How Everyone Could Get A Free College Education Like Starbucks Employees Now Will


Starbucks plans to announce on Monday that it will cover college tuition for its workers if they take online classes with Arizona State University (ASU).

The program is open to any employees who work at least 20 hours a week and have the grades to gain admission to the university. The company will pay full tuition for those who enter as juniors or seniors, and those who enter as freshmen and sophomores will get partial payment and need-based financial aid, although many also will attend free of cost thanks to aid. Yearly tuition at Arizona State can range from $3,000 to $10,000 depending on the course load and degrees, but it’s usually about $500 per credit with 120 credits needed to earn a bachelor’s degree. Starbucks estimates that employees who enroll in the program will pay less than half of their tuition.

All of the company’s 135,000 employees will be eligible. ASU expects about 15,000 to 20,000 employees will enroll each year. Workers won’t keep getting the assistance if they leave the company but they don’t have to stay with it after they get their degrees.

Other companies offer college tuition assistance, but the share is on the decline: 54 percent offer it now, down from 62 percent in 2010. And while Starbucks’s program could help thousands of its employees get a free college education, they have to work there to get the help.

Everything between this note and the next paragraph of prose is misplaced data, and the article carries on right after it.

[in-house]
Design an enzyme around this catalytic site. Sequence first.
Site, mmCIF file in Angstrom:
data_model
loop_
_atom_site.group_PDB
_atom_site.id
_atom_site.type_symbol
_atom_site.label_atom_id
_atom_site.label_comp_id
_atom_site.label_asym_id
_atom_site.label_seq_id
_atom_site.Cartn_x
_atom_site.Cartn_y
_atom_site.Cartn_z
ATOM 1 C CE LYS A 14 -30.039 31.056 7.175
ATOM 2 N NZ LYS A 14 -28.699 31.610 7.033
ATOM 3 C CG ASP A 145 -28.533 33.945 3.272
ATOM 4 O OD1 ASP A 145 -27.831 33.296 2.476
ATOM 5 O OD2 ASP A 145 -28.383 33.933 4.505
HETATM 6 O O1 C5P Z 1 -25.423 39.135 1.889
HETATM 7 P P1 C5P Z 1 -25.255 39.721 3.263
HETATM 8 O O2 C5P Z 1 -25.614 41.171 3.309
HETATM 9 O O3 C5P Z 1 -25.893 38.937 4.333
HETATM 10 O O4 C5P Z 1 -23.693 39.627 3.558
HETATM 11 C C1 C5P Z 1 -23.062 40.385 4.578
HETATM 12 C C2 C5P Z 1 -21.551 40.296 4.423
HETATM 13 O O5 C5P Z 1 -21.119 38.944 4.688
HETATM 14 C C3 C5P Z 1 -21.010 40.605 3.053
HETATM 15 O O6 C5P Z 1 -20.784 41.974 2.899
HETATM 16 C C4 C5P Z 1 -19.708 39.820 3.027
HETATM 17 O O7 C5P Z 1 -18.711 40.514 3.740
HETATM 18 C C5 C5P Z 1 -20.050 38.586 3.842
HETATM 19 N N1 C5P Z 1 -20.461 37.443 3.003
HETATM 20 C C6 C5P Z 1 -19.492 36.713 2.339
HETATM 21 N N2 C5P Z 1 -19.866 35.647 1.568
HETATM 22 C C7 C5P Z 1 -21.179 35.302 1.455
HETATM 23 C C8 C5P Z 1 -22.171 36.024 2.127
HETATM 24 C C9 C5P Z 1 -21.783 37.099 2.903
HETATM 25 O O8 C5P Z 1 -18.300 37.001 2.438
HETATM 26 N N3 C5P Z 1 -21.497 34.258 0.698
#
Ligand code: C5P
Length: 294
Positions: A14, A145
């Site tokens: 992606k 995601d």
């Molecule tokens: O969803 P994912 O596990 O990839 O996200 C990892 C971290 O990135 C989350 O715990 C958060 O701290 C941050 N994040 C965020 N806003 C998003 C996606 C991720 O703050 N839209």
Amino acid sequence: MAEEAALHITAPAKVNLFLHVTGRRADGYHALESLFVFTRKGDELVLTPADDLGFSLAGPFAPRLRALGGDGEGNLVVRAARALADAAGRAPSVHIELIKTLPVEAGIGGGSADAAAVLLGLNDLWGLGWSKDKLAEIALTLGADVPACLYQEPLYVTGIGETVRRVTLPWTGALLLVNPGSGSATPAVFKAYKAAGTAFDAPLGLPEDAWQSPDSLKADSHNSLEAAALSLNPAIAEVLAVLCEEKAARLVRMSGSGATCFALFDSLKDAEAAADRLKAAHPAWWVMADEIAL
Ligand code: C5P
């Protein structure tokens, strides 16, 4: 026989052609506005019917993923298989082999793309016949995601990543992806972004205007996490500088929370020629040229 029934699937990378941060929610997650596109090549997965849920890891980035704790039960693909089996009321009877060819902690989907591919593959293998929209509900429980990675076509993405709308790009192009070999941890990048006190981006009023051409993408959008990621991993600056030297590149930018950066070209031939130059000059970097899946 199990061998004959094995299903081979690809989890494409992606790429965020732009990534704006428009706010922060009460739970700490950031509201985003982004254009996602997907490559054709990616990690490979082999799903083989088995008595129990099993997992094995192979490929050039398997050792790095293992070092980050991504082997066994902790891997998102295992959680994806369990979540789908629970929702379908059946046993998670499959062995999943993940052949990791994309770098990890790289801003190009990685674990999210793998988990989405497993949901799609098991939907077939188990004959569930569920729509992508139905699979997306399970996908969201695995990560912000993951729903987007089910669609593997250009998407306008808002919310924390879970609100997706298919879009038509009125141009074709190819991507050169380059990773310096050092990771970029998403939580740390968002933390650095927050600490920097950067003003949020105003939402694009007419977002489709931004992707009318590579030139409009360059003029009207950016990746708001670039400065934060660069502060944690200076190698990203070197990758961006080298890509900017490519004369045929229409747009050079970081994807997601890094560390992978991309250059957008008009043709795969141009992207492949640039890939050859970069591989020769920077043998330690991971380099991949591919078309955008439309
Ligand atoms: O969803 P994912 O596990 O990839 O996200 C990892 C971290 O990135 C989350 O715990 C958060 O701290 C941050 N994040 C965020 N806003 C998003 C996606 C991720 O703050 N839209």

There’s a way for everyone to get a free college education, however. The government could take the $69 billion it already spends to subsidize the cost of a college education through grants, tax breaks, and work-study funding and simply cover the $63 billion tuition spent at public colleges. This would mean anyone could avail themselves of a free college degree and it would also likely incentivize private universities to lower their prices in order to compete.

College tuition is becoming a heavier and heavier financial burden: it rose by more than 8 percent in 2012 to hit a record of $5,000 on average a year. The total price of attending a four-year public college has risen 27 percent faster than inflation over the past five years and has gone up 24 percent at community colleges and 13 percent at private universities.

Many students take on loans to cover these costs, and total student loan debt has surpassed $1 trillion. Those loans can end up being difficult to pay back: one in eight borrowers is in default. The debt can’t be discharged in bankruptcy and may be holding young graduates back from buying their own houses.